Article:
The number of adult workers with elevated blood lead levels (BLLs) in the U.S. declined from 1994 to 2009, according to a Centers for Disease Control and Prevention (CDC) study published in last week’s Morbidity and Mortality Weekly Report

Although the rate fell from 14 per 100,000 employed adults in 1994 to 6.3 in 2009, the report’s authors said the decrease might be attributable in part to a decline in the number of manufacturing jobs in the U.S.. 

They also noted that lead exposure remains an important health problem worldwide, and emphasized “the need for government agencies, employers, public health professionals, health-care providers, and worker-affiliated organizations to increase interventions to prevent workplace lead exposure, and the importance of conducting lead exposure surveillance to assess the effectiveness of these interventions.”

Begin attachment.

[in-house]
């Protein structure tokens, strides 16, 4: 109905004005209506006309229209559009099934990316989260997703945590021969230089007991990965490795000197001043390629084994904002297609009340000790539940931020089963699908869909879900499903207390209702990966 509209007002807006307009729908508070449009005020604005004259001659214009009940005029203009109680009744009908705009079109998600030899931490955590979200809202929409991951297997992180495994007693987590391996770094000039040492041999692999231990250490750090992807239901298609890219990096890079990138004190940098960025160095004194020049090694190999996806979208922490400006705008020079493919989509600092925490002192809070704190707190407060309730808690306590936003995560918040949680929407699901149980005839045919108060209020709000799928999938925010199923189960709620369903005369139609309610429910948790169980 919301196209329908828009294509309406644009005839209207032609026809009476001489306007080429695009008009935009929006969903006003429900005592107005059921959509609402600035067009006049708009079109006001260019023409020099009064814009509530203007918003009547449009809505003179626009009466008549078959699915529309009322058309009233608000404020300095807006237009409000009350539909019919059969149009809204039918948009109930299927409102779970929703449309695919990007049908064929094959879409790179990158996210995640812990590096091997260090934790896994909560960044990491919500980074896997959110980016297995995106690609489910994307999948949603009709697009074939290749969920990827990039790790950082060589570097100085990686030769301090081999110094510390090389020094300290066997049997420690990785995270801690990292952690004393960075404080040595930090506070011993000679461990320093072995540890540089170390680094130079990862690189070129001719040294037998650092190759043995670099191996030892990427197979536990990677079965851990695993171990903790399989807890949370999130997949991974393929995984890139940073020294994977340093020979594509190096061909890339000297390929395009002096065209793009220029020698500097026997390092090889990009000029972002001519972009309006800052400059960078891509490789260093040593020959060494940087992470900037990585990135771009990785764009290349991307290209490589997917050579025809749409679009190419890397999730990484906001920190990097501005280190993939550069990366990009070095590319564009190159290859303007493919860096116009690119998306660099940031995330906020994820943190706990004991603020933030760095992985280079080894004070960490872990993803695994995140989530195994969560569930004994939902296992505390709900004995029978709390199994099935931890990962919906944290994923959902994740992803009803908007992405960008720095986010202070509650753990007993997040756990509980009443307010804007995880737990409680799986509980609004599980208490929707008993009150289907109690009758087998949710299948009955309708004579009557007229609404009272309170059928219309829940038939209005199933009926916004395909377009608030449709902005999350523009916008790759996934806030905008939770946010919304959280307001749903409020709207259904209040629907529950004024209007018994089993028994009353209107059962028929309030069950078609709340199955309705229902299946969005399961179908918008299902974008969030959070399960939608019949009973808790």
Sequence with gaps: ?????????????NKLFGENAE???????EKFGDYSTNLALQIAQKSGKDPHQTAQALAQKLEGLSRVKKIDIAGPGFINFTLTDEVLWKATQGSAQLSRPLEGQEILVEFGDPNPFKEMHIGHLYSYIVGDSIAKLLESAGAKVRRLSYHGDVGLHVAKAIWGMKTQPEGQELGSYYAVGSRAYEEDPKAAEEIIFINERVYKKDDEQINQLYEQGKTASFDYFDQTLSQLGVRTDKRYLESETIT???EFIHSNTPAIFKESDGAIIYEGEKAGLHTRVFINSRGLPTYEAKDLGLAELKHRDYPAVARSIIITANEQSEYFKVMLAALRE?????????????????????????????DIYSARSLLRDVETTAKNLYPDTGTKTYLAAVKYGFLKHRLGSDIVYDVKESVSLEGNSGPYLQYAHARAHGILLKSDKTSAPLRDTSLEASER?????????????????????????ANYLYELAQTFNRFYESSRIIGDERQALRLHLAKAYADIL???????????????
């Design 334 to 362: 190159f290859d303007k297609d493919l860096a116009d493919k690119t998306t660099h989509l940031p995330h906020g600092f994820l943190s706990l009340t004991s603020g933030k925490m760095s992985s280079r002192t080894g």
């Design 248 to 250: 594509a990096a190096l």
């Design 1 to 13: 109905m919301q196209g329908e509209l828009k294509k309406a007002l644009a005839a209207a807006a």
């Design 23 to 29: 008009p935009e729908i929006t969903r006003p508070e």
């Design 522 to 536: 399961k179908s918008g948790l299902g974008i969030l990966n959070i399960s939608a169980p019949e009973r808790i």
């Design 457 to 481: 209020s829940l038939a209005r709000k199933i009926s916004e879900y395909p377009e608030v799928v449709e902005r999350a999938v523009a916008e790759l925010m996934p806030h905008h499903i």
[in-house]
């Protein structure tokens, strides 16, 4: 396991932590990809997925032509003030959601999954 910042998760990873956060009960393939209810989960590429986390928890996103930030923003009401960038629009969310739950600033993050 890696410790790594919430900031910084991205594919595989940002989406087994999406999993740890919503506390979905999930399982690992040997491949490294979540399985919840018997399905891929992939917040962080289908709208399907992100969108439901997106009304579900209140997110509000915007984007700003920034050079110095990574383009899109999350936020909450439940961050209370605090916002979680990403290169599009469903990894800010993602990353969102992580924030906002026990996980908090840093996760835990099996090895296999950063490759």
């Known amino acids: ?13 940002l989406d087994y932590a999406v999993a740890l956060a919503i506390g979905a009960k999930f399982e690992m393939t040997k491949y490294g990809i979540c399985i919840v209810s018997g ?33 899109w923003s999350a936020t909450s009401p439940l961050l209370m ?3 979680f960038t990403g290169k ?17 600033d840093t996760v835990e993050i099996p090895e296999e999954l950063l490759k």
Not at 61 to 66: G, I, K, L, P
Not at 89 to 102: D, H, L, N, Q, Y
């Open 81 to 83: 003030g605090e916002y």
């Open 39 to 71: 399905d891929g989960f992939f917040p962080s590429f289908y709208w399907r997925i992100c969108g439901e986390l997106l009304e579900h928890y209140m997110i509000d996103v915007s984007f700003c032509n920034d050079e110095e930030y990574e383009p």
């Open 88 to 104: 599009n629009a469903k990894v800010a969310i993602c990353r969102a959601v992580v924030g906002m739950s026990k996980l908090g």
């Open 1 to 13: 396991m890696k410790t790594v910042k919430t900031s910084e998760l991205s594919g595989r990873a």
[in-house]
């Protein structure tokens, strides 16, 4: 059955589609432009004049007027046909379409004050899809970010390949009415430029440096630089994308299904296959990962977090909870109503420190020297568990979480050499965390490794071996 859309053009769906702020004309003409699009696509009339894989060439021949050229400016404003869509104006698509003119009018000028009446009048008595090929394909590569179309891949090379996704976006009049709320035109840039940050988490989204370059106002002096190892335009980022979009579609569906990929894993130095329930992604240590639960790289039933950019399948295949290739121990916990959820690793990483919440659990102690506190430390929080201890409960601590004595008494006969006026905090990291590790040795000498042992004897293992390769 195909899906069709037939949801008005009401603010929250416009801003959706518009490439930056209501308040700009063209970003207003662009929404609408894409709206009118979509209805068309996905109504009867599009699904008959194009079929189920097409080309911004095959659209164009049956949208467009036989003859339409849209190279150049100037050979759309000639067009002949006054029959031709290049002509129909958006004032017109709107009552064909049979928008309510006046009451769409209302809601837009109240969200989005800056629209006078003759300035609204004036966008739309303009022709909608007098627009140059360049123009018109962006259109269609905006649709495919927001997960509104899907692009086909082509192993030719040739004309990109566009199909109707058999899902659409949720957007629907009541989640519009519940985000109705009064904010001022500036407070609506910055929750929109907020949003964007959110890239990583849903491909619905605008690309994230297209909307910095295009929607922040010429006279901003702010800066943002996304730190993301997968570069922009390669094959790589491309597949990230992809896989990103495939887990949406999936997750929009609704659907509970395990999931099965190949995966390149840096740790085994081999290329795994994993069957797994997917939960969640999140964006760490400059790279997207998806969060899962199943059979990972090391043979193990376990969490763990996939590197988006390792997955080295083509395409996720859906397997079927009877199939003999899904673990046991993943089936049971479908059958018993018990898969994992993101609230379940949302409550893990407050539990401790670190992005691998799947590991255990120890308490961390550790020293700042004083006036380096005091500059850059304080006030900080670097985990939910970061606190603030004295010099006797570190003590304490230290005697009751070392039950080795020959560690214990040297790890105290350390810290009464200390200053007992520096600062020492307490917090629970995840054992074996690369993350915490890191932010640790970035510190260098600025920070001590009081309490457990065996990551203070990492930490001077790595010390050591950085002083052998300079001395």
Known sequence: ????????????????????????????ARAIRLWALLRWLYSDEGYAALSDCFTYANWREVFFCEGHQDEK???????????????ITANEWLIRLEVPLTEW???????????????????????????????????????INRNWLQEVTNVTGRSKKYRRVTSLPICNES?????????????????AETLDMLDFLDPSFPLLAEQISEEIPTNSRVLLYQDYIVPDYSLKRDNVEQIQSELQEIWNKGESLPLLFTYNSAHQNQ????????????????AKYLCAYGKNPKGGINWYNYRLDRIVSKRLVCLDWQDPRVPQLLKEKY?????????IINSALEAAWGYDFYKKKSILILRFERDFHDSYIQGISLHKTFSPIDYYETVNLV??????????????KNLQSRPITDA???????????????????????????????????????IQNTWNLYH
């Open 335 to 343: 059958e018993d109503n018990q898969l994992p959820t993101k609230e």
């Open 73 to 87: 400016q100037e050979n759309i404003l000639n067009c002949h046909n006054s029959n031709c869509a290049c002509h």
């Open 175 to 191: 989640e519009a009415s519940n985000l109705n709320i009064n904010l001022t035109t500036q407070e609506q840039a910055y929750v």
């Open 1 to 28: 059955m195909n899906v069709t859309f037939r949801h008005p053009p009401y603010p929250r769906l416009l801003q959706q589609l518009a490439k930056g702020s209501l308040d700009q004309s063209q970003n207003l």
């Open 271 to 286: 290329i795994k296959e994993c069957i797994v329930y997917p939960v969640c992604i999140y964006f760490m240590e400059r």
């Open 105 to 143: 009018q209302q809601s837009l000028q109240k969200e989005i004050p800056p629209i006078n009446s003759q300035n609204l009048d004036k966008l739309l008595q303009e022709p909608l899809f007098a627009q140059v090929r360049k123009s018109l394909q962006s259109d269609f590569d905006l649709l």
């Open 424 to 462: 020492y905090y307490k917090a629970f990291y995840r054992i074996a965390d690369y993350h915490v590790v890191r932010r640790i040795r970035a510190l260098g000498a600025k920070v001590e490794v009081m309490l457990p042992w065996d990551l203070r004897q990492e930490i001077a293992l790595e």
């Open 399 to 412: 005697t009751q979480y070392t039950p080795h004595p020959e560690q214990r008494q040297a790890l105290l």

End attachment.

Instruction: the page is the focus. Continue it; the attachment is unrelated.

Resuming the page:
Lead exposure can result in acute or chronic adverse effects in multiple organ systems, ranging from subclinical changes in function to symptomatic, life-threatening toxicity. Approximately 95% of all elevated BLLs reported among adults in the United States are work-related. Workers involved in battery manufacturing, secondary smelting and refining of nonferrous metals, and painting and paper hanging are most likely to be exposed to lead on the job. 

The most common nonoccupational exposures to lead were shooting firearms; remodeling, renovating, or painting; retained bullets (gunshot wounds); and lead casting. 

Job activities known to involve the use or disturbance of lead include: han­dling lead-containing powders, liquids, or pastes; production of dust or fumes by melting, burning, cutting, drilling, machining, sanding, scraping, grinding, polishing, etching, blasting, torching, or welding lead-containing solids; and dry sweeping of lead-containing dust and debris.